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On 7 April 2022, the ECJ issued its decision in the case C‑489/20 (UB vs Kauno teritorinė muitinė). UB arranged the unlawful introduction of cigarettes from Belarus to Lithuania. In September 2016, 6000 packages of cigarettes were thrown across the State border to be picked by vehicle on the other side. Lithuanian border officials managed to detain the vehicle carrying the cigarettes that same day.

In addition to the penalty order imposed on UB and his accomplices, it was also decided to confiscate and destroy the goods concerned. The confiscation of the excise goods entailed an extinguishment of the customs debt. In this context, the Supreme Administrative Court of Lithuania decided to hold the proceedings and to refer the following two questions to the ECJ for a preliminary ruling.

  • Is the EU customs code to be interpreted as meaning that a customs debt is extinguished where smuggled goods were seized and subsequently confiscated after they had already been unlawfully introduced (released for consumption) into the customs territory of the EU?
  • Does the extinguishment of the customs debt mean that the correlating excise duty and import VAT debt are also extinguished?

In response to these questions, the ECJ ruled that the customs debt concerned was extinguished based on EU customs law. For the correlating excise duty and import VAT debt the ECJ ruled however that, under the circumstances of this case, these were not extinguished based on the relevant EU directives.

The legal precedent created with this judgment may have implications in circumstances other the smuggling of goods. Think of businesses dealing with the (unintentional) unlawful introduction of goods, for instance when their products are stolen whilst stored or transported under customs supervision. If those end up in the hands of authorities, such operators may pursue a refund or remission of customs duties. This judgments clarifies that they may be successful in such pursuit. For the correlating excise duty and import VAT debt, this would be more difficult considering the outcome of this judgment.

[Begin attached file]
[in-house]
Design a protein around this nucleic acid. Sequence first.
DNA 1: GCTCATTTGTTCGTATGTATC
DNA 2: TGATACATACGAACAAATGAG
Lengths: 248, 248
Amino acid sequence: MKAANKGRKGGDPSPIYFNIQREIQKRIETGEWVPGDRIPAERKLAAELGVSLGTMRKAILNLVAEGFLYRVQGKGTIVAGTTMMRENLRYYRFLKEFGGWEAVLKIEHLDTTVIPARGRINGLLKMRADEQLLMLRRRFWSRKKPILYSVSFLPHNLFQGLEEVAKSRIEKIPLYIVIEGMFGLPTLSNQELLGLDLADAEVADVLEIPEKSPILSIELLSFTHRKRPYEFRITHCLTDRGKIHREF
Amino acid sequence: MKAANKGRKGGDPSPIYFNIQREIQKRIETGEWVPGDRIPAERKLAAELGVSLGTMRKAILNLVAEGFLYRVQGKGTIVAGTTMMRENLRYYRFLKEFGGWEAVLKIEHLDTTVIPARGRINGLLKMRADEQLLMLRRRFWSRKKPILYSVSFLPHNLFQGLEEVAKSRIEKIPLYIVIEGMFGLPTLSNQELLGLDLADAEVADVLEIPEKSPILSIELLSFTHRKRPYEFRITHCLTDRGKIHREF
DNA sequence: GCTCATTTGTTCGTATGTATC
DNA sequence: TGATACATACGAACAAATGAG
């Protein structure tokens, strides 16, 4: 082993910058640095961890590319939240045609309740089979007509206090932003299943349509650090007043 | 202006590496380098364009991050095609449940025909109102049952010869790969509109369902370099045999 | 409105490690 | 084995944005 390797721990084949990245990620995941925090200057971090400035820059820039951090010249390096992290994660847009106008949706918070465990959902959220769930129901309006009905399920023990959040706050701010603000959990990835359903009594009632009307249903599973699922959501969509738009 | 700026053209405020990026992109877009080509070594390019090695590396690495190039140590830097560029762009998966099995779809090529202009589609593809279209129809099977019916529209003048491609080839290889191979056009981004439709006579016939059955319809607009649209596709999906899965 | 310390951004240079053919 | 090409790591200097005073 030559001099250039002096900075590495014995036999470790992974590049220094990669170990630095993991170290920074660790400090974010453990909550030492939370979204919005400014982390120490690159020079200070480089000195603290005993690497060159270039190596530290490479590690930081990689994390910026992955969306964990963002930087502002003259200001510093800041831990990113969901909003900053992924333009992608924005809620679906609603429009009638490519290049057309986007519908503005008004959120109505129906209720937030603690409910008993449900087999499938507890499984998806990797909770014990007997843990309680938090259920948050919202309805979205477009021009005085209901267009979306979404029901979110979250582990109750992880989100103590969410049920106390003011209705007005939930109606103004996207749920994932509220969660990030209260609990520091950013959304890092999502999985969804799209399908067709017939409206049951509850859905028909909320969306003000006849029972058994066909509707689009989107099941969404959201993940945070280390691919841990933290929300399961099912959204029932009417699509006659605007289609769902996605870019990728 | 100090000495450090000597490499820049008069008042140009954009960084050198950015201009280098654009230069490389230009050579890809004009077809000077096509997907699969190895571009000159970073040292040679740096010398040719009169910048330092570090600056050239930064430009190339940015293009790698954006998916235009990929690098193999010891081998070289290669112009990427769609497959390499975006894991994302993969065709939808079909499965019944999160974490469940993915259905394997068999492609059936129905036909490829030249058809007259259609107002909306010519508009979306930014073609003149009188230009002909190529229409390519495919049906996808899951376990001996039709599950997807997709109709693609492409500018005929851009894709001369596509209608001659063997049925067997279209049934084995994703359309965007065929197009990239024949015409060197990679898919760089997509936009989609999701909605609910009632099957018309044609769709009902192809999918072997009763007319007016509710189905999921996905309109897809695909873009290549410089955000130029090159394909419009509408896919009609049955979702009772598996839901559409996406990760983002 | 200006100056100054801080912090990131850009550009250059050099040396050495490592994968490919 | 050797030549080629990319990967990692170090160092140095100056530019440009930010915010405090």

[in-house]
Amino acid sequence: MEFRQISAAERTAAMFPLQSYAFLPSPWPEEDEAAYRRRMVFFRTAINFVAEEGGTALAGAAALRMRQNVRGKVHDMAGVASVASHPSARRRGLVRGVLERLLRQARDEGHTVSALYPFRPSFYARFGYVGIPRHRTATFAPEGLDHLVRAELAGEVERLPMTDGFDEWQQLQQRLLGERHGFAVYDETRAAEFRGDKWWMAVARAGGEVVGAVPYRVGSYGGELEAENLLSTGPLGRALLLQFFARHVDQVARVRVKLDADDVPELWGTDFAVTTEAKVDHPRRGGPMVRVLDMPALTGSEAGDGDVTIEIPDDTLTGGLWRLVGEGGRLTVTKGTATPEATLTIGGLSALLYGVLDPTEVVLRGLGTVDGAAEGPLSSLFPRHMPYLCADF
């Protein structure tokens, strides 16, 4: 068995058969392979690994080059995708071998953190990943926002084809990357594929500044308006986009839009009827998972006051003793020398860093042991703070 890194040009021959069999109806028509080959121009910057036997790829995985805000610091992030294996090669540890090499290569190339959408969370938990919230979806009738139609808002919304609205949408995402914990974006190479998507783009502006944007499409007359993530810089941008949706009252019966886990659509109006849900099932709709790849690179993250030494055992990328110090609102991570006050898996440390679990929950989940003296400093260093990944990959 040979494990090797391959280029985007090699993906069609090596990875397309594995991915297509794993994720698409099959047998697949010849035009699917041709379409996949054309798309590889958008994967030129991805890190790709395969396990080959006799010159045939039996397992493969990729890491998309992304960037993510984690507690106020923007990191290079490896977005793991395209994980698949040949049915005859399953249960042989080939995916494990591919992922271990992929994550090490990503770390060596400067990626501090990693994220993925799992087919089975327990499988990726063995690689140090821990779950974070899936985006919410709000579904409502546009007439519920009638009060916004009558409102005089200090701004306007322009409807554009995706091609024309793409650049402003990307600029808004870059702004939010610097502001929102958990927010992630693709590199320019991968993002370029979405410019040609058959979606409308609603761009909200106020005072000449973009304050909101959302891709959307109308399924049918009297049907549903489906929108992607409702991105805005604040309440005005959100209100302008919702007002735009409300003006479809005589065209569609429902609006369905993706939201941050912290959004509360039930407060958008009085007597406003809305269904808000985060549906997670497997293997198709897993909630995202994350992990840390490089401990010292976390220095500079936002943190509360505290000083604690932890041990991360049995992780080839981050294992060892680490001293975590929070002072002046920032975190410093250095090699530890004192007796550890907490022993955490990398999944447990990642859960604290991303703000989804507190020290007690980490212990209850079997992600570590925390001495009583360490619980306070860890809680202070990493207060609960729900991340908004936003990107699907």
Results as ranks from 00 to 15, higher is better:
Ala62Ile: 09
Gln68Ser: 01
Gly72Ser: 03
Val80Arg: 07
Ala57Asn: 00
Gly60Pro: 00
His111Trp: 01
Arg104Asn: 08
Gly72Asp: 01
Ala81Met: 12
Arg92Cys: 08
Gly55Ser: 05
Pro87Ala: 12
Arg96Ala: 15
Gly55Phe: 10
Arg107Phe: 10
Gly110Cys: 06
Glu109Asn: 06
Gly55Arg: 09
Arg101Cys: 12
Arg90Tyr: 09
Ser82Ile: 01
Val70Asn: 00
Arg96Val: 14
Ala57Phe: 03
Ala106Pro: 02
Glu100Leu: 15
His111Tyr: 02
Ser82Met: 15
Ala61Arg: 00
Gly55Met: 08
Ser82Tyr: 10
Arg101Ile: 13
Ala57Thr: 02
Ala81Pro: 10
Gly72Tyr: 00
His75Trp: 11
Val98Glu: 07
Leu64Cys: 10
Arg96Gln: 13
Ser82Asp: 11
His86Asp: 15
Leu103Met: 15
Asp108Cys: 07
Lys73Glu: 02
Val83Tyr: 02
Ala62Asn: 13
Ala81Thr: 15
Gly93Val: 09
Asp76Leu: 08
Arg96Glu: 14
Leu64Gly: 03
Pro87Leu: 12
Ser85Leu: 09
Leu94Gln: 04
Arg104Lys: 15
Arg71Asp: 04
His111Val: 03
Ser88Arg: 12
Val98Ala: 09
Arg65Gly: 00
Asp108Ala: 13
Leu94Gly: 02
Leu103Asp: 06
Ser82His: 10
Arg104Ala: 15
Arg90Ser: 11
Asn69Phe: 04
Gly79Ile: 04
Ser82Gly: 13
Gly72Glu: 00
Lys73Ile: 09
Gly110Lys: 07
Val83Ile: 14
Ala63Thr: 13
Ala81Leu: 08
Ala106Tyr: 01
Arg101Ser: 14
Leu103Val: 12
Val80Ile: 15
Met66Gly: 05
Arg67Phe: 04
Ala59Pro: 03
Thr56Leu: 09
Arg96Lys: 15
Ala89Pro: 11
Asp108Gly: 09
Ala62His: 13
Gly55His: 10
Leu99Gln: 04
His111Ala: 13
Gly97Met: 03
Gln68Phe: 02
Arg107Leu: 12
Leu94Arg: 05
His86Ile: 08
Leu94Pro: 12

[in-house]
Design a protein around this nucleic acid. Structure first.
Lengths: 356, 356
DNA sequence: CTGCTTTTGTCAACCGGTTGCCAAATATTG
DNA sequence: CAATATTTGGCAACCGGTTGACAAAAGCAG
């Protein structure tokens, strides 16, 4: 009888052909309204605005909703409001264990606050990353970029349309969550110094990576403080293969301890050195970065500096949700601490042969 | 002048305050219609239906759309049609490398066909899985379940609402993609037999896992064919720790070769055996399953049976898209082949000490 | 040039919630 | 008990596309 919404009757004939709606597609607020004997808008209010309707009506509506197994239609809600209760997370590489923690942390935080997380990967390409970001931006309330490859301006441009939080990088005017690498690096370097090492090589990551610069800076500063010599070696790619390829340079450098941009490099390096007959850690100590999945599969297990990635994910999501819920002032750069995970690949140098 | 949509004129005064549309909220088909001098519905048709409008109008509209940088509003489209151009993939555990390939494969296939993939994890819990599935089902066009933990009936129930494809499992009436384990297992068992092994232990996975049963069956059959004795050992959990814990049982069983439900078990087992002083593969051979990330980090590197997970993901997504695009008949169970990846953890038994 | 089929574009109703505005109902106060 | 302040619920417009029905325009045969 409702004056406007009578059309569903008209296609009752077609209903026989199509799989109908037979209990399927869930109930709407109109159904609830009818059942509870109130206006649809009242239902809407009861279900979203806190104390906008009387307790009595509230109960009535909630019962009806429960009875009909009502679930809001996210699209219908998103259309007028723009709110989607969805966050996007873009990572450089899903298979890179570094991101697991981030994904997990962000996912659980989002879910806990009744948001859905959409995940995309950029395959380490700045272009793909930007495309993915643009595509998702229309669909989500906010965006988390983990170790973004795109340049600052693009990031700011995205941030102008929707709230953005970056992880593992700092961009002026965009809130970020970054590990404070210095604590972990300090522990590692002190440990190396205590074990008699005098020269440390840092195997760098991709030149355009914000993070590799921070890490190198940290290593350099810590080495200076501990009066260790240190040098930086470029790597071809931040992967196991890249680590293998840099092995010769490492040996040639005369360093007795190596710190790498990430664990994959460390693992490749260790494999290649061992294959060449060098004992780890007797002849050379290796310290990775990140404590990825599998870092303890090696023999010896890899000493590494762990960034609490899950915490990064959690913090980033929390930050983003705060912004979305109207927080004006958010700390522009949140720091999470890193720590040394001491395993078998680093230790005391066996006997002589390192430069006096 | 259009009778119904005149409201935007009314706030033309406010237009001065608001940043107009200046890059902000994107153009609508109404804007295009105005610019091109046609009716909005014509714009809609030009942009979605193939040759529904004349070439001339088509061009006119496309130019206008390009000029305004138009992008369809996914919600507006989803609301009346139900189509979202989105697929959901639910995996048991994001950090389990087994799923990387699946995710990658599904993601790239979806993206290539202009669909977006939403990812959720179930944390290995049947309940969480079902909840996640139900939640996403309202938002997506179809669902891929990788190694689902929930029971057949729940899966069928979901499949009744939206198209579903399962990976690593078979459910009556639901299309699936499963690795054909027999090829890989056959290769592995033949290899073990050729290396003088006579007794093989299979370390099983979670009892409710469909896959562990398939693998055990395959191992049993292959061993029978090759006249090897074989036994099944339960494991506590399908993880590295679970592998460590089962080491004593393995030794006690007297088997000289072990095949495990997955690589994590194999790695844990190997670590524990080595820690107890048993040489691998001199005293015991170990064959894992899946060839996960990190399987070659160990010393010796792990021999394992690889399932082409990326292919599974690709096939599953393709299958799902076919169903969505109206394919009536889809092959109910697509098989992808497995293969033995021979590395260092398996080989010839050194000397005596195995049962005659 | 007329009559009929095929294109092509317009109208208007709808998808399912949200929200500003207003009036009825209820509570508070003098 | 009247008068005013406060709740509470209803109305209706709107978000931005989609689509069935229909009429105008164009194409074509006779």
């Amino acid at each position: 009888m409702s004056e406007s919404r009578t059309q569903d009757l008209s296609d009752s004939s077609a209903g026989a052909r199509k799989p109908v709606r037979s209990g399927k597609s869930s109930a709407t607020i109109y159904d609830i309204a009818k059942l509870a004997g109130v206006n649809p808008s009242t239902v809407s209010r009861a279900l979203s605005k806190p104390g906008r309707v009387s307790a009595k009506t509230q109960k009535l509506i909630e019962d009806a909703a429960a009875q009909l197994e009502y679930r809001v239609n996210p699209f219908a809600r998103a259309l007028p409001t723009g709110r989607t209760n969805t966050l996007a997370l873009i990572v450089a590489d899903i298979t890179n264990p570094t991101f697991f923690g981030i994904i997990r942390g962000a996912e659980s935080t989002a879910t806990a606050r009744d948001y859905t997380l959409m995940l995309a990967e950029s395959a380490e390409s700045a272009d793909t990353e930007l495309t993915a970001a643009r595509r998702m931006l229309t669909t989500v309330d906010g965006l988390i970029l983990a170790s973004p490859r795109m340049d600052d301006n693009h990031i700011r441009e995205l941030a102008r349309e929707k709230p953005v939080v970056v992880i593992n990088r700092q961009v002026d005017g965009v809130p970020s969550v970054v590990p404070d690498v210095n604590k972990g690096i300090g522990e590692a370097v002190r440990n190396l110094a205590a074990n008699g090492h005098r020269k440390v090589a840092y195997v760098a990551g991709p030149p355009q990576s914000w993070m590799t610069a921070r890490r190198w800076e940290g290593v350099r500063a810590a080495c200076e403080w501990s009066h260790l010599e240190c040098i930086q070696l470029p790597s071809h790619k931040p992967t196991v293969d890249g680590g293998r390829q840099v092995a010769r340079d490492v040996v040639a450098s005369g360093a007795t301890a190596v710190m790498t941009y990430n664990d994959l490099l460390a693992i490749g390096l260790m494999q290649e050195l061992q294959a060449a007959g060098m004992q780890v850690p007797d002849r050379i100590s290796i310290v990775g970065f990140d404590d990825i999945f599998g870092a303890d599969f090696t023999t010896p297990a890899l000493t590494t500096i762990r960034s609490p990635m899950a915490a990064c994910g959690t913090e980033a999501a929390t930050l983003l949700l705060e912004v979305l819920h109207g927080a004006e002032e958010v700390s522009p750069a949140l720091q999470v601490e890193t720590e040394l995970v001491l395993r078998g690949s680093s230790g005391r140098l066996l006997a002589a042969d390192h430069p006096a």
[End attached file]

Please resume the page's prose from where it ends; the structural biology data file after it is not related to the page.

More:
Yassine El Bojaddaini is a senior associate within the EMEA Customs Practice. He has ample experience on advising and representing multinationals in customs and tax related matters including restructurings, litigation and supply chain optimization.


Jennifer Revis is a partner in Baker McKenzie's London office and co-leads our EMEA Customs Team.
Jennifer focuses her practice on the public regulation of international trade, particularly in a wide range of customs compliance issues. She regularly advises clients on import matters, including customs valuation, rules of origin, and classification. She has worked with clients designing and implementing their compliance programs, policies, procedures and risk assessments, and assisting them in customs audits. She has significant experience in managing global customs projects and disputes, particularly in the area of customs valuation (transfer pricing; assists; royalties). Jennifer also advises on FTAs and trade remedies matters.
Jennifer has been consistently recognised as a "Leading Individual" for Customs & Excise and “Next Generation Partner” for Trade, WTO Anti-Dumping And Customs. Clients describe her as "an outstanding customs lawyer and litigator with fantastic experience. She is also easy to work with and leads her team with aplomb", "without a doubt, one of the best customs lawyers in the business (…) with an exceptionally deep knowledge of customs valuation concepts, as well as considerable experience applying those concepts in a variety of jurisdictions."
Jennifer has been on secondment to the UK customs authorities (Her Majesty's Revenue and Customs) in their tax and excise litigation department and to the Firm's European Law Centre in Brussels.

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